Hispanic Heritage speaker stresses importance of education, family, values
Ernestine Moya, U.S. Army Europe Equal Employment Opportunity director, talks about the challenges and achievements of her career during a Hispanic American Heritage Month Observance in Wiesbaden, Germany.

WIESBADEN, Germany - As the footprint of Hispanic heritage continues to grow in the United States, one second-generation Latina is leaving her mark and encouraging all Americans to do the same.
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Ernestine Moya, U.S. Army Europe Equal Employment Opportunity director, admits her life hasn't been a smooth and easy journey.
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During a Hispanic American Heritage Luncheon Sept. 29 at the U.S. Army Garrison Wiesbaden Dining Facility, the grandmother of three described her grandparent's plight, then her parents and then hers as generations of her family continued to look for a better life while still celebrating their culture.
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President Barack Obama likens the story of Hispanics in America to the story of America itself.
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In the 2009 proclamation for National Hispanic Heritage Month, Hispanics are recognized as having played a vital role in the moments and movements that have shaped the United States.
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"Many have taken great risks to begin a new life in the hopes of achieving a better future for themselves and their families," the proclamation reads.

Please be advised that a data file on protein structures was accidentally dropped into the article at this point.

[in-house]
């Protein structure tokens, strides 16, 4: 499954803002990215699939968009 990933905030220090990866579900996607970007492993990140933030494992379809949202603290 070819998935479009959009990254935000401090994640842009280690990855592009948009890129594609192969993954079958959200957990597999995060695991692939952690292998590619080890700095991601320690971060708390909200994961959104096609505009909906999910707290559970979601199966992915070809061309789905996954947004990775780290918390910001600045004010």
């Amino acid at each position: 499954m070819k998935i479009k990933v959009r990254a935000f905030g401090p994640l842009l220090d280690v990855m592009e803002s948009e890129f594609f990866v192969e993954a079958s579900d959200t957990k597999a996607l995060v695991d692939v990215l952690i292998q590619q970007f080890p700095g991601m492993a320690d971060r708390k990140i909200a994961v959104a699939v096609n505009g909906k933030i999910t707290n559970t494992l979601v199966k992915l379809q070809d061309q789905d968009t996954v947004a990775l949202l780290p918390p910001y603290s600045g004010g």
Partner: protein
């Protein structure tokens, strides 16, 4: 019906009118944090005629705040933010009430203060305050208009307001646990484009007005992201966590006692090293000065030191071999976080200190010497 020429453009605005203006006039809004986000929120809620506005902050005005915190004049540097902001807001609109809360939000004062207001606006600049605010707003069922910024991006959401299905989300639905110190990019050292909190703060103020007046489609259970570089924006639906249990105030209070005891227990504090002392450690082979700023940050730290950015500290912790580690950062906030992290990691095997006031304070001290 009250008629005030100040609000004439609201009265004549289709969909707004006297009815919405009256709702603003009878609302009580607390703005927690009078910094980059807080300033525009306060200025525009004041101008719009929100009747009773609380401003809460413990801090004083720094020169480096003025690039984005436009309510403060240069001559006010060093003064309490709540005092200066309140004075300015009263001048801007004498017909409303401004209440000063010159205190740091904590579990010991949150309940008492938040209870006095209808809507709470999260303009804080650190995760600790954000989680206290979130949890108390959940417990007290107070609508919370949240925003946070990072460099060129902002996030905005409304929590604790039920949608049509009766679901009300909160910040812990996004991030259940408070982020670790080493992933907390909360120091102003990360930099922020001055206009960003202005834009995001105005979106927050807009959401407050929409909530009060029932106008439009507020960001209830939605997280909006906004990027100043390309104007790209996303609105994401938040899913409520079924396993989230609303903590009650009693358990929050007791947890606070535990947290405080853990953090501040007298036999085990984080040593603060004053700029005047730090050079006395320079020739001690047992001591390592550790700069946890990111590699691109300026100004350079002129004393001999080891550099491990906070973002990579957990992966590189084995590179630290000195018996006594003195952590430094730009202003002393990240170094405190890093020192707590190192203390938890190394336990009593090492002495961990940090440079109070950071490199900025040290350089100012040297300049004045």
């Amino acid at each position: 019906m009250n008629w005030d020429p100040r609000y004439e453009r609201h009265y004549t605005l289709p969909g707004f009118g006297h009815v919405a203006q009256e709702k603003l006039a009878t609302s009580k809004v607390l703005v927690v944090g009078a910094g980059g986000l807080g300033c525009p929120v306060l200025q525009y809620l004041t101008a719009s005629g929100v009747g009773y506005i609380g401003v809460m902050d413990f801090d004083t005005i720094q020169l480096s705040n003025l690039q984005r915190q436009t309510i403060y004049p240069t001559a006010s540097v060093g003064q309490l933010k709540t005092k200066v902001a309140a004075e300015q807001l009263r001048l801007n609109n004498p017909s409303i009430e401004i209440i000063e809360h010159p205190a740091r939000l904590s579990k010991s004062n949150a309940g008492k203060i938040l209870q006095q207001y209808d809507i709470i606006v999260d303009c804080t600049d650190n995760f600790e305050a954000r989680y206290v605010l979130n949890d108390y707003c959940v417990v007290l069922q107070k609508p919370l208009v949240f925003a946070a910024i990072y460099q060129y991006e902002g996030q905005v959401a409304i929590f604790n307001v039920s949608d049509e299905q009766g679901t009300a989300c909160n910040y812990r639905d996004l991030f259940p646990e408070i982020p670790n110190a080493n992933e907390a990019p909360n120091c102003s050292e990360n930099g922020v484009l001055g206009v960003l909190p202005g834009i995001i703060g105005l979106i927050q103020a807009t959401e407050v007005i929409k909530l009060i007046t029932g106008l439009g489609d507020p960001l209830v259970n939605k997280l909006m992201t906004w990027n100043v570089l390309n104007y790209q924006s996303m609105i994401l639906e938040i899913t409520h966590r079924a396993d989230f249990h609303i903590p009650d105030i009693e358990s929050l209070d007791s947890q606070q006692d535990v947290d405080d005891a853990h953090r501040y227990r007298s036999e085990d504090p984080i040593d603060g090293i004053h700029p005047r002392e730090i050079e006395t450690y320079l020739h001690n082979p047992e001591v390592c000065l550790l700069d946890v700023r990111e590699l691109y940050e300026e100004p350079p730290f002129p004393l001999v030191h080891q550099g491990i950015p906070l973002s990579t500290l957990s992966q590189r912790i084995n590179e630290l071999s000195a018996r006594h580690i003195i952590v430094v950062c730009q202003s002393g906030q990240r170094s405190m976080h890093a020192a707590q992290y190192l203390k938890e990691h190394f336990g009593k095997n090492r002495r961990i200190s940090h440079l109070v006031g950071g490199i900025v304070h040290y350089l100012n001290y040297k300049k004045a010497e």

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According to the U.S. Census, the estimated population of Hispanics in the United States was 46.9 million in July 2008 - making people of Hispanic origin the nation's largest ethnic or race minority.
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To date the U.S. Armed Forces has 1.1 million Hispanic veterans.
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With vibrant Latin music, spicy cuisine and catchy Spanish phrases, Hispanic heritage has undoubtedly transformed the United States and become common place, said Moya.
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But all that is just the tip of the iceberg.
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"It's important to share what's at the bottom of that iceberg," said Moya, referring to the Hispanic culture's deep faith, family values and strong work ethic.
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Raised on a farm with her brothers and sisters and sharing in a tradition of helping neighbors who did not have enough to harvest, Moya wove a short story of family, faith and hard work.
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But as she mentioned her mother's eighth-grade education level, Moya stressed the importance of education. Currently working on her doctorate from the University of Oklahoma, Moya said in her family education has become a stepping stone for each generation, with the next generation always showing promise to go further in the levels of education.
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"It hasn't been easy, but we have a responsibility from those who came before us," said Moya. "The bottom line is you are in control of your destiny."

Page last updated Fri July 22nd, 2011 at 12:16